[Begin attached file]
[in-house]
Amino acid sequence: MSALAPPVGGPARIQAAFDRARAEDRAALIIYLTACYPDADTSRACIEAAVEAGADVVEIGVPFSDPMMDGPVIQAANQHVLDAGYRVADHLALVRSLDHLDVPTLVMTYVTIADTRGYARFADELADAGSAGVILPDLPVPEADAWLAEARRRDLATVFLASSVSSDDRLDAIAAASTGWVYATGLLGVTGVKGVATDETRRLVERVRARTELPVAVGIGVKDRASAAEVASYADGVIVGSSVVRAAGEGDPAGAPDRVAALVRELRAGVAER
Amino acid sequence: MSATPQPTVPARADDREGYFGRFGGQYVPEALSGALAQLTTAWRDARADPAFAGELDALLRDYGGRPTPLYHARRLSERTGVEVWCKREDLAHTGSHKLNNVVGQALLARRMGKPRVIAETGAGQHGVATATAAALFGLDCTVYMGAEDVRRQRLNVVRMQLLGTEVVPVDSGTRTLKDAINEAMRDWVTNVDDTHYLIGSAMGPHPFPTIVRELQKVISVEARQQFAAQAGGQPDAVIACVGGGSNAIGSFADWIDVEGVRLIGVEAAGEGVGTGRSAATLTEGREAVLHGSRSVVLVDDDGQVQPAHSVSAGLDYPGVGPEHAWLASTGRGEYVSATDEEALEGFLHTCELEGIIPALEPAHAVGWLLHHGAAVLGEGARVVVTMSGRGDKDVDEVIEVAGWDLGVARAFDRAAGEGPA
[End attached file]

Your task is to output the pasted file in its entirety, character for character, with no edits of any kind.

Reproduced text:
[in-house]
Amino acid sequence: MSALAPPVGGPARIQAAFDRARAEDRAALIIYLTACYPDADTSRACIEAAVEAGADVVEIGVPFSDPMMDGPVIQAANQHVLDAGYRVADHLALVRSLDHLDVPTLVMTYVTIADTRGYARFADELADAGSAGVILPDLPVPEADAWLAEARRRDLATVFLASSVSSDDRLDAIAAASTGWVYATGLLGVTGVKGVATDETRRLVERVRARTELPVAVGIGVKDRASAAEVASYADGVIVGSSVVRAAGEGDPAGAPDRVAALVRELRAGVAER
Amino acid sequence: MSATPQPTVPARADDREGYFGRFGGQYVPEALSGALAQLTTAWRDARADPAFAGELDALLRDYGGRPTPLYHARRLSERTGVEVWCKREDLAHTGSHKLNNVVGQALLARRMGKPRVIAETGAGQHGVATATAAALFGLDCTVYMGAEDVRRQRLNVVRMQLLGTEVVPVDSGTRTLKDAINEAMRDWVTNVDDTHYLIGSAMGPHPFPTIVRELQKVISVEARQQFAAQAGGQPDAVIACVGGGSNAIGSFADWIDVEGVRLIGVEAAGEGVGTGRSAATLTEGREAVLHGSRSVVLVDDDGQVQPAHSVSAGLDYPGVGPEHAWLASTGRGEYVSATDEEALEGFLHTCELEGIIPALEPAHAVGWLLHHGAAVLGEGARVVVTMSGRGDKDVDEVIEVAGWDLGVARAFDRAAGEGPA